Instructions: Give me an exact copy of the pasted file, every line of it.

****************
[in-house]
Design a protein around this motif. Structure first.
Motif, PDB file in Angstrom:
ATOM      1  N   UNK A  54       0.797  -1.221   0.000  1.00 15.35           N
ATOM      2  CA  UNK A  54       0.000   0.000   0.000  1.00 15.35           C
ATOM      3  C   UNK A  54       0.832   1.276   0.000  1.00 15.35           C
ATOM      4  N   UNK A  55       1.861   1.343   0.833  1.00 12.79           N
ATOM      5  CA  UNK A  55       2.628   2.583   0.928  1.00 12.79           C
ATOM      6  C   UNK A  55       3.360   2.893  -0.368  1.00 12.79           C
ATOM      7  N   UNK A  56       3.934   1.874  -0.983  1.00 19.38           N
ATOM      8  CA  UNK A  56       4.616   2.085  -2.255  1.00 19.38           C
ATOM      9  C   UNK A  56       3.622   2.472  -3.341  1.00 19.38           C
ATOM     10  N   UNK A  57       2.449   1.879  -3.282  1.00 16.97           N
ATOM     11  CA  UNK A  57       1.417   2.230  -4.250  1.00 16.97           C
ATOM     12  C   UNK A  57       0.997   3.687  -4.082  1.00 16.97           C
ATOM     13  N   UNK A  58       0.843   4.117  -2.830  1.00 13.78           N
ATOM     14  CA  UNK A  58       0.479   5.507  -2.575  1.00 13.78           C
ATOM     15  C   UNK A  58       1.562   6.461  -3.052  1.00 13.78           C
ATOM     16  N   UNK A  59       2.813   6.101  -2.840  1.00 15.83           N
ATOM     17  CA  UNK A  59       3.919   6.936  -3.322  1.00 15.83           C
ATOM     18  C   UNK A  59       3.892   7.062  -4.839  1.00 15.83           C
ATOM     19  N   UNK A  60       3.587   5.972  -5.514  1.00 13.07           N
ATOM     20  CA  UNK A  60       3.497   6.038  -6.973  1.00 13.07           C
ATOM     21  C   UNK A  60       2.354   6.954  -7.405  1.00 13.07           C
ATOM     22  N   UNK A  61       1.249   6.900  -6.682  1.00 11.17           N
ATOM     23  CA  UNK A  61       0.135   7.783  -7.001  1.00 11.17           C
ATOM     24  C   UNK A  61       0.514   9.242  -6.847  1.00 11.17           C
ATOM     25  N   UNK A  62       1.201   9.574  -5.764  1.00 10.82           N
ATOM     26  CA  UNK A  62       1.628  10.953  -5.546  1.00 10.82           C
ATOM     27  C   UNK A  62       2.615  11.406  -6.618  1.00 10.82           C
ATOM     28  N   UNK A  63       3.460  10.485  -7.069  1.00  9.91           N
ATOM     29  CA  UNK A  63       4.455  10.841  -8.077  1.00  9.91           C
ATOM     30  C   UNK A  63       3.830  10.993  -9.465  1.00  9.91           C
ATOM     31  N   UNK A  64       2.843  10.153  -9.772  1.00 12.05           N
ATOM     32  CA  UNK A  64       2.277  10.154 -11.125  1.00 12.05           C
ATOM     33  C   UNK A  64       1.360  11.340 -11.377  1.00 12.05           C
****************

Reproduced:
[in-house]
Design a protein around this motif. Structure first.
Motif, PDB file in Angstrom:
ATOM      1  N   UNK A  54       0.797  -1.221   0.000  1.00 15.35           N
ATOM      2  CA  UNK A  54       0.000   0.000   0.000  1.00 15.35           C
ATOM      3  C   UNK A  54       0.832   1.276   0.000  1.00 15.35           C
ATOM      4  N   UNK A  55       1.861   1.343   0.833  1.00 12.79           N
ATOM      5  CA  UNK A  55       2.628   2.583   0.928  1.00 12.79           C
ATOM      6  C   UNK A  55       3.360   2.893  -0.368  1.00 12.79           C
ATOM      7  N   UNK A  56       3.934   1.874  -0.983  1.00 19.38           N
ATOM      8  CA  UNK A  56       4.616   2.085  -2.255  1.00 19.38           C
ATOM      9  C   UNK A  56       3.622   2.472  -3.341  1.00 19.38           C
ATOM     10  N   UNK A  57       2.449   1.879  -3.282  1.00 16.97           N
ATOM     11  CA  UNK A  57       1.417   2.230  -4.250  1.00 16.97           C
ATOM     12  C   UNK A  57       0.997   3.687  -4.082  1.00 16.97           C
ATOM     13  N   UNK A  58       0.843   4.117  -2.830  1.00 13.78           N
ATOM     14  CA  UNK A  58       0.479   5.507  -2.575  1.00 13.78           C
ATOM     15  C   UNK A  58       1.562   6.461  -3.052  1.00 13.78           C
ATOM     16  N   UNK A  59       2.813   6.101  -2.840  1.00 15.83           N
ATOM     17  CA  UNK A  59       3.919   6.936  -3.322  1.00 15.83           C
ATOM     18  C   UNK A  59       3.892   7.062  -4.839  1.00 15.83           C
ATOM     19  N   UNK A  60       3.587   5.972  -5.514  1.00 13.07           N
ATOM     20  CA  UNK A  60       3.497   6.038  -6.973  1.00 13.07           C
ATOM     21  C   UNK A  60       2.354   6.954  -7.405  1.00 13.07           C
ATOM     22  N   UNK A  61       1.249   6.900  -6.682  1.00 11.17           N
ATOM     23  CA  UNK A  61       0.135   7.783  -7.001  1.00 11.17           C
ATOM     24  C   UNK A  61       0.514   9.242  -6.847  1.00 11.17           C
ATOM     25  N   UNK A  62       1.201   9.574  -5.764  1.00 10.82           N
ATOM     26  CA  UNK A  62       1.628  10.953  -5.546  1.00 10.82           C
ATOM     27  C   UNK A  62       2.615  11.406  -6.618  1.00 10.82           C
ATOM     28  N   UNK A  63       3.460  10.485  -7.069  1.00  9.91           N
ATOM     29  CA  UNK A  63       4.455  10.841  -8.077  1.00  9.91           C
ATOM     30  C   UNK A  63       3.830  10.993  -9.465  1.00  9.91           C
ATOM     31  N   UNK A  64       2.843  10.153  -9.772  1.00 12.05           N
ATOM     32  CA  UNK A  64       2.277  10.154 -11.125  1.00 12.05           C
ATOM     33  C   UNK A  64       1.360  11.340 -11.377  1.00 12.05           C